So for most Coaches, this is where life experience and knowledge of many different disciplines comes in handy. Because it allows the Coach, who is listening to things on a deeper level and focusing in on what is there, both spoken and unspoken, the Coach can help the Client to identify more areas where the Client is interested in creating and bringing more value into their lives.

Now, the caution I have is that, during the conversation the Coach and the Client double check that what ever has been presented resonates with the Client and isn’t about any hidden agenda which the Coach has. Early in my career, I was suggesting to people to do Youtube style music videos where you take a piece of pre – recorded music and make a video to tell the story of the song. My favorite was Walk on By. I finally had to think about this. this was *MY* dream, and although it may have worked with some of my clients – one was an actor who wanted to ease into directing in the cheap – it took me a while to recognize that when ever I suggested that particular project, it was really about me more than my Client! big learning opportunity there!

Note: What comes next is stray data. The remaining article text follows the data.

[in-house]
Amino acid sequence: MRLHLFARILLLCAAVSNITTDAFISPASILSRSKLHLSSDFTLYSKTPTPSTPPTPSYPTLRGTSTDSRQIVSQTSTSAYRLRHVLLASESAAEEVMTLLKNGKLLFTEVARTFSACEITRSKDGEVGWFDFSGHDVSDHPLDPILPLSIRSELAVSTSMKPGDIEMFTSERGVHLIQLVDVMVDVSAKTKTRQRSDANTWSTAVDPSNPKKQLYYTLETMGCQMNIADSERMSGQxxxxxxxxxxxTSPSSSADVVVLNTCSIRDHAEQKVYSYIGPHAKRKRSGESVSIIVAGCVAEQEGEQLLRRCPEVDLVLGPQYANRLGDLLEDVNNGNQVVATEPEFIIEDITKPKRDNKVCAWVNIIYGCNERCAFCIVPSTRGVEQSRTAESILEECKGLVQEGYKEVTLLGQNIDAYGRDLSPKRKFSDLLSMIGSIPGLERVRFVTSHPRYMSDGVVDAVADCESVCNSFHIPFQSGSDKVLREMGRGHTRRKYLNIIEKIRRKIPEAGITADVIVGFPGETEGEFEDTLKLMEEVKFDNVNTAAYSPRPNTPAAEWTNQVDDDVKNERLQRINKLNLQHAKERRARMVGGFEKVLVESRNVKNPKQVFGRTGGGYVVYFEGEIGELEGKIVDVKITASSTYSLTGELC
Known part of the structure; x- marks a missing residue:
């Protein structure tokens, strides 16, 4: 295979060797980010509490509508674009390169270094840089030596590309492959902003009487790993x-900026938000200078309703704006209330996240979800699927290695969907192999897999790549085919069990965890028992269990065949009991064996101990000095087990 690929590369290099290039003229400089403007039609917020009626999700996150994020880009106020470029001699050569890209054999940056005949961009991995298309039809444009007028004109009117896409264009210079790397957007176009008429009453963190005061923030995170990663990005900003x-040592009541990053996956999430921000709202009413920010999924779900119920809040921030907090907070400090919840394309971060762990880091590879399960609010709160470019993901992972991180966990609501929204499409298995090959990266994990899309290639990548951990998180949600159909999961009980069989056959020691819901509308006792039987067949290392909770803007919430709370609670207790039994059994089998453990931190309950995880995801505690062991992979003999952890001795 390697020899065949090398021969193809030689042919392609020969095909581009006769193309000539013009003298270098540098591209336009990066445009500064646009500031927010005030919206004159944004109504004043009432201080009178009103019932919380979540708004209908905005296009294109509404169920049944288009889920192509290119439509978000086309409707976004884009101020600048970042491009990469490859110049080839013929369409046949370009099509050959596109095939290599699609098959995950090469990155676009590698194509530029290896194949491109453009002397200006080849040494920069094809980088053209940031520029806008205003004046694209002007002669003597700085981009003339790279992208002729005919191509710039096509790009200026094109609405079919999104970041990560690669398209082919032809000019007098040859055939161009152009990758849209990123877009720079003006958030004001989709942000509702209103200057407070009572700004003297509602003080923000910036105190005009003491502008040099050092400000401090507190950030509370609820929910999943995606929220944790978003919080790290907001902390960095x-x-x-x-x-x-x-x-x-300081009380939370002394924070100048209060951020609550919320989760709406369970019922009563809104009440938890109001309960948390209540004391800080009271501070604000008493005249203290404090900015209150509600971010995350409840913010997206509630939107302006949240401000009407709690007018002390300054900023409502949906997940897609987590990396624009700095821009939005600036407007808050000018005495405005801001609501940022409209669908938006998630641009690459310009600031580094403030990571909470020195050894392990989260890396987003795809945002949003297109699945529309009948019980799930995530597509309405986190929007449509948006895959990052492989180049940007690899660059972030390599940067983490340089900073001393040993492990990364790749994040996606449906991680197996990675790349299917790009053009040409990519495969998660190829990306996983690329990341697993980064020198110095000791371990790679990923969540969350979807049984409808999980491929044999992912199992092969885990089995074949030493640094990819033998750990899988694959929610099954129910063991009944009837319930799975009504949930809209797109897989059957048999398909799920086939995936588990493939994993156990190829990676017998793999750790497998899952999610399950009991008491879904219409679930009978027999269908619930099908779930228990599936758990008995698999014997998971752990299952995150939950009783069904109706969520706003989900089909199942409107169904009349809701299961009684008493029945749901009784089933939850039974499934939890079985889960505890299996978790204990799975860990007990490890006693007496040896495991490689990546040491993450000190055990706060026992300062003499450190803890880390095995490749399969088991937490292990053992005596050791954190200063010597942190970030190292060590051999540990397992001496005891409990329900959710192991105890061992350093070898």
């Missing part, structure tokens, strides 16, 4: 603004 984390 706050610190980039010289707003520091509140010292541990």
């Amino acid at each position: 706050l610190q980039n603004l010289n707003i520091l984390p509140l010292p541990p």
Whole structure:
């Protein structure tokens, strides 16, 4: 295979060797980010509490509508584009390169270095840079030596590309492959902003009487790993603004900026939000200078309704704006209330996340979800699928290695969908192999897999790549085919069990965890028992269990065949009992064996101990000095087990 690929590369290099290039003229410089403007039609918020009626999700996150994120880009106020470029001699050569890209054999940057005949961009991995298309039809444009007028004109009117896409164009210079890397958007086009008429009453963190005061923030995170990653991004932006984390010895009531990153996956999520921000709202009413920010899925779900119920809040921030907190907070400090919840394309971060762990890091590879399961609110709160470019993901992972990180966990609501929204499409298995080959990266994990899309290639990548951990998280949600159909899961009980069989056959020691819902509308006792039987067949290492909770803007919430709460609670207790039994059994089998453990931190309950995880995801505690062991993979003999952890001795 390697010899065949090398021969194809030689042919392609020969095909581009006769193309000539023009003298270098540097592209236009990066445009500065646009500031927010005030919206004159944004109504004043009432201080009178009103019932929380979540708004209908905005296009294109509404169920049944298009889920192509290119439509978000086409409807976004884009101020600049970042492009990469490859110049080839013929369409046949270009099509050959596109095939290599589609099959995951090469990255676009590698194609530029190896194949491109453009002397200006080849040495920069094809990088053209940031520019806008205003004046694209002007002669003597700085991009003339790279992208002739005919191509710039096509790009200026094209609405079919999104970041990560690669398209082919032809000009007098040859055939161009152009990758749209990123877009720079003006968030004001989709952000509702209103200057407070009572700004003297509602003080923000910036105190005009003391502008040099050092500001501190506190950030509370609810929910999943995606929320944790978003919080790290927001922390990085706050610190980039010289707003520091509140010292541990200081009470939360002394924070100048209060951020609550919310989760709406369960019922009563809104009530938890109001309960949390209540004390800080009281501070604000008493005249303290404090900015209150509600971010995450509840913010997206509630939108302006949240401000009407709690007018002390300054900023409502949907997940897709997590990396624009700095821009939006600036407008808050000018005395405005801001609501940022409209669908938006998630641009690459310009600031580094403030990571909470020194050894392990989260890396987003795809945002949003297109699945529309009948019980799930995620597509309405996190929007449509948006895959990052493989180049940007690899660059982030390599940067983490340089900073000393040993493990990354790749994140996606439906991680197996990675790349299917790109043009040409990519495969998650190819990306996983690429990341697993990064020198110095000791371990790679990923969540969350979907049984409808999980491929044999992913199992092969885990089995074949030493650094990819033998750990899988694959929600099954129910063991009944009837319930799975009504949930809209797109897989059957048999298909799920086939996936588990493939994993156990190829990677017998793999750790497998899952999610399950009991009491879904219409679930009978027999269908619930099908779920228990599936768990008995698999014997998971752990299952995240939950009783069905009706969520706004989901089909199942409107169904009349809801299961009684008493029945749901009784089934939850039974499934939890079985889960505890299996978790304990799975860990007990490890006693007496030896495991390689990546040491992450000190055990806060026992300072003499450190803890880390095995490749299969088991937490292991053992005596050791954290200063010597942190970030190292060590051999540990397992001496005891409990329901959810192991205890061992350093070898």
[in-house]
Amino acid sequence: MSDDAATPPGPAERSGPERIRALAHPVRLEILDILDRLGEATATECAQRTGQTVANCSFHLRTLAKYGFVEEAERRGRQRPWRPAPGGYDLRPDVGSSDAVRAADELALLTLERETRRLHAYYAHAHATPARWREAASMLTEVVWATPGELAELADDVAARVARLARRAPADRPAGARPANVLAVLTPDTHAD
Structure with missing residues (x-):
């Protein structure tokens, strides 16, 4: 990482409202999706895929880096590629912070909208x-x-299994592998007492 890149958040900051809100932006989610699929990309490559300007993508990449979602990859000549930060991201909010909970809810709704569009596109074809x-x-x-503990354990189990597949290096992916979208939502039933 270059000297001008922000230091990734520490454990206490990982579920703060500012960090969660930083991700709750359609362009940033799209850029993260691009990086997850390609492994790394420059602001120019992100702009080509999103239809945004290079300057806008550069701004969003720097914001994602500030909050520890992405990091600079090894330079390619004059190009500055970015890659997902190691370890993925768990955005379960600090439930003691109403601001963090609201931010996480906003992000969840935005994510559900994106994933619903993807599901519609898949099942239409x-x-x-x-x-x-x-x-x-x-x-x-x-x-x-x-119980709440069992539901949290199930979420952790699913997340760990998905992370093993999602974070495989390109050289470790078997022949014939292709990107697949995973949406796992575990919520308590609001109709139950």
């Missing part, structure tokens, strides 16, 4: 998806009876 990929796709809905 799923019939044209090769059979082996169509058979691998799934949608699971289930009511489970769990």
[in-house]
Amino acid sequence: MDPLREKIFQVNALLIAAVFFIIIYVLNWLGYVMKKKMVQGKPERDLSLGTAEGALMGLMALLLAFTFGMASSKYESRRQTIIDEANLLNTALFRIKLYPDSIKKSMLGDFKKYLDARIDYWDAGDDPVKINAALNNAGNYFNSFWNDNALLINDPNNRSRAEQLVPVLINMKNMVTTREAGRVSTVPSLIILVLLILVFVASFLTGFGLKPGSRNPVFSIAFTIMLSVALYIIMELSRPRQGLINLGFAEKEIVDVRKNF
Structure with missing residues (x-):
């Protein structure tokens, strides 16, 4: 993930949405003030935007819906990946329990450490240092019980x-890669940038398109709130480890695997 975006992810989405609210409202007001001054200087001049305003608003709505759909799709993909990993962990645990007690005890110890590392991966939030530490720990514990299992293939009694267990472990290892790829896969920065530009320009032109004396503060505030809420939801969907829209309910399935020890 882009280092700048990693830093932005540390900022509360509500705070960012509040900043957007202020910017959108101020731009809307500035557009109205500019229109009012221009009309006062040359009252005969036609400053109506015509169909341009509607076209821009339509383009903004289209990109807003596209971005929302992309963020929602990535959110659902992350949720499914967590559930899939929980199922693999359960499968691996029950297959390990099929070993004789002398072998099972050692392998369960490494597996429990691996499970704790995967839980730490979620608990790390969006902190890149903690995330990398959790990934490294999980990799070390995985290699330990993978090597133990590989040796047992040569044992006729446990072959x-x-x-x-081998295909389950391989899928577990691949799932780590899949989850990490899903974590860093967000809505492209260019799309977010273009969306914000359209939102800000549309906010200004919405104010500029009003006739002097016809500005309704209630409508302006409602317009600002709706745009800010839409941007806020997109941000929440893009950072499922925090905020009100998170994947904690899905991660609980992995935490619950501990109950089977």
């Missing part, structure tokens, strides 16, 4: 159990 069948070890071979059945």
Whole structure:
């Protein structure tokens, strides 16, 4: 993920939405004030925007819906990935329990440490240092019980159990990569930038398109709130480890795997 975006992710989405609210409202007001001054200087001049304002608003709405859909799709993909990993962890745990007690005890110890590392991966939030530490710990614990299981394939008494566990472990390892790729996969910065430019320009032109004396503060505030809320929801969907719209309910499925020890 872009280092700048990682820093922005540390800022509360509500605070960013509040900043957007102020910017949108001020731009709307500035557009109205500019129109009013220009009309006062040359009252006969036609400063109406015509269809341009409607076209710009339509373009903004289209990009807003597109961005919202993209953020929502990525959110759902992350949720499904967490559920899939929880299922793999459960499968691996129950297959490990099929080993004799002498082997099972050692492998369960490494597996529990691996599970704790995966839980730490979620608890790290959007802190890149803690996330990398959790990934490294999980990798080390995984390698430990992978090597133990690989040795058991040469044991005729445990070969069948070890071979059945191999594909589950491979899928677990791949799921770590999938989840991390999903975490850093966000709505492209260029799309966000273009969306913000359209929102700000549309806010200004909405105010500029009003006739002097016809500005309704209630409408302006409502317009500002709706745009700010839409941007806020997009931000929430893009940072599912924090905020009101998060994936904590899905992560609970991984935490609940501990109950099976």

On the other hand, like my friend who is truly looking at and investigating becoming a yoga instructor, sometimes my job as the Coach is to help the Client see what is there which is already in their lives which will serve them beyond their immediate goals. And which can take them into the next phase of their lives with ease and grace.